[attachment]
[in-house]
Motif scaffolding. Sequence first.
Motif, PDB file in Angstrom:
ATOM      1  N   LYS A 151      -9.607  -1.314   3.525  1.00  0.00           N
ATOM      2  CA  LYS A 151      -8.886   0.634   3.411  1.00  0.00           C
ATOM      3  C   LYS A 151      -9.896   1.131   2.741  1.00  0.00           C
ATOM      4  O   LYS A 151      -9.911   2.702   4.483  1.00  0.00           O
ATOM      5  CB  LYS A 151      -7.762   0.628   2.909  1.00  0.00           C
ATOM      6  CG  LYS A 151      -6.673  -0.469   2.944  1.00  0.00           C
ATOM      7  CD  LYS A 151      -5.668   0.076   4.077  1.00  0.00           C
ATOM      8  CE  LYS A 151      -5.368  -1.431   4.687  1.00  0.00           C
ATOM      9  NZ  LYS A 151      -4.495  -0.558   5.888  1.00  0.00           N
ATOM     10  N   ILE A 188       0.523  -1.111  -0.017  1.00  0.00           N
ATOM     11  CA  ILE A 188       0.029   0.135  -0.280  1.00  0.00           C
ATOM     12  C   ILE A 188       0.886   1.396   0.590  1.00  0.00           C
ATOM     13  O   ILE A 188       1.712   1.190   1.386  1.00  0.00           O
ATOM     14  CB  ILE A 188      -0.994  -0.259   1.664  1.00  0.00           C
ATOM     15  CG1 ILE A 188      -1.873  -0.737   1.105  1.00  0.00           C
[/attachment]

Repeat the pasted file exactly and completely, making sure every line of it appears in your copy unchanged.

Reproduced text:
[in-house]
Motif scaffolding. Sequence first.
Motif, PDB file in Angstrom:
ATOM      1  N   LYS A 151      -9.607  -1.314   3.525  1.00  0.00           N
ATOM      2  CA  LYS A 151      -8.886   0.634   3.411  1.00  0.00           C
ATOM      3  C   LYS A 151      -9.896   1.131   2.741  1.00  0.00           C
ATOM      4  O   LYS A 151      -9.911   2.702   4.483  1.00  0.00           O
ATOM      5  CB  LYS A 151      -7.762   0.628   2.909  1.00  0.00           C
ATOM      6  CG  LYS A 151      -6.673  -0.469   2.944  1.00  0.00           C
ATOM      7  CD  LYS A 151      -5.668   0.076   4.077  1.00  0.00           C
ATOM      8  CE  LYS A 151      -5.368  -1.431   4.687  1.00  0.00           C
ATOM      9  NZ  LYS A 151      -4.495  -0.558   5.888  1.00  0.00           N
ATOM     10  N   ILE A 188       0.523  -1.111  -0.017  1.00  0.00           N
ATOM     11  CA  ILE A 188       0.029   0.135  -0.280  1.00  0.00           C
ATOM     12  C   ILE A 188       0.886   1.396   0.590  1.00  0.00           C
ATOM     13  O   ILE A 188       1.712   1.190   1.386  1.00  0.00           O
ATOM     14  CB  ILE A 188      -0.994  -0.259   1.664  1.00  0.00           C
ATOM     15  CG1 ILE A 188      -1.873  -0.737   1.105  1.00  0.00           C